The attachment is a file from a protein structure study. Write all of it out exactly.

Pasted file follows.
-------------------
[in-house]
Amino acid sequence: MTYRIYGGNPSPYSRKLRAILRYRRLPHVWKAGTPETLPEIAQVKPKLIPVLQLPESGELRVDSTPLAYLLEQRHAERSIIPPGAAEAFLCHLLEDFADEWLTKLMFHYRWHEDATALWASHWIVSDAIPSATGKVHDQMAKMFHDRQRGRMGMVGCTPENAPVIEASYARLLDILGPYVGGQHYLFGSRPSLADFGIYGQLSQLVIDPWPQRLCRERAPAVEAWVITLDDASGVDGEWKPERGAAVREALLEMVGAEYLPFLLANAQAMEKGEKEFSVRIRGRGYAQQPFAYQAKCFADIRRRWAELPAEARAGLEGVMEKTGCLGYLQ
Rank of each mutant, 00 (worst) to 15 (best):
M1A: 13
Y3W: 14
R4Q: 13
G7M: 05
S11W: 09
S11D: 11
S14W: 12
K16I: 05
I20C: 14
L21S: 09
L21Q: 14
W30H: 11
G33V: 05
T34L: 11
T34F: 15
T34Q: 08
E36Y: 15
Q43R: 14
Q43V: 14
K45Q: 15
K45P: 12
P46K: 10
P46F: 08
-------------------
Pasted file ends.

[in-house]
Amino acid sequence: MTYRIYGGNPSPYSRKLRAILRYRRLPHVWKAGTPETLPEIAQVKPKLIPVLQLPESGELRVDSTPLAYLLEQRHAERSIIPPGAAEAFLCHLLEDFADEWLTKLMFHYRWHEDATALWASHWIVSDAIPSATGKVHDQMAKMFHDRQRGRMGMVGCTPENAPVIEASYARLLDILGPYVGGQHYLFGSRPSLADFGIYGQLSQLVIDPWPQRLCRERAPAVEAWVITLDDASGVDGEWKPERGAAVREALLEMVGAEYLPFLLANAQAMEKGEKEFSVRIRGRGYAQQPFAYQAKCFADIRRRWAELPAEARAGLEGVMEKTGCLGYLQ
Rank of each mutant, 00 (worst) to 15 (best):
M1A: 13
Y3W: 14
R4Q: 13
G7M: 05
S11W: 09
S11D: 11
S14W: 12
K16I: 05
I20C: 14
L21S: 09
L21Q: 14
W30H: 11
G33V: 05
T34L: 11
T34F: 15
T34Q: 08
E36Y: 15
Q43R: 14
Q43V: 14
K45Q: 15
K45P: 12
P46K: 10
P46F: 08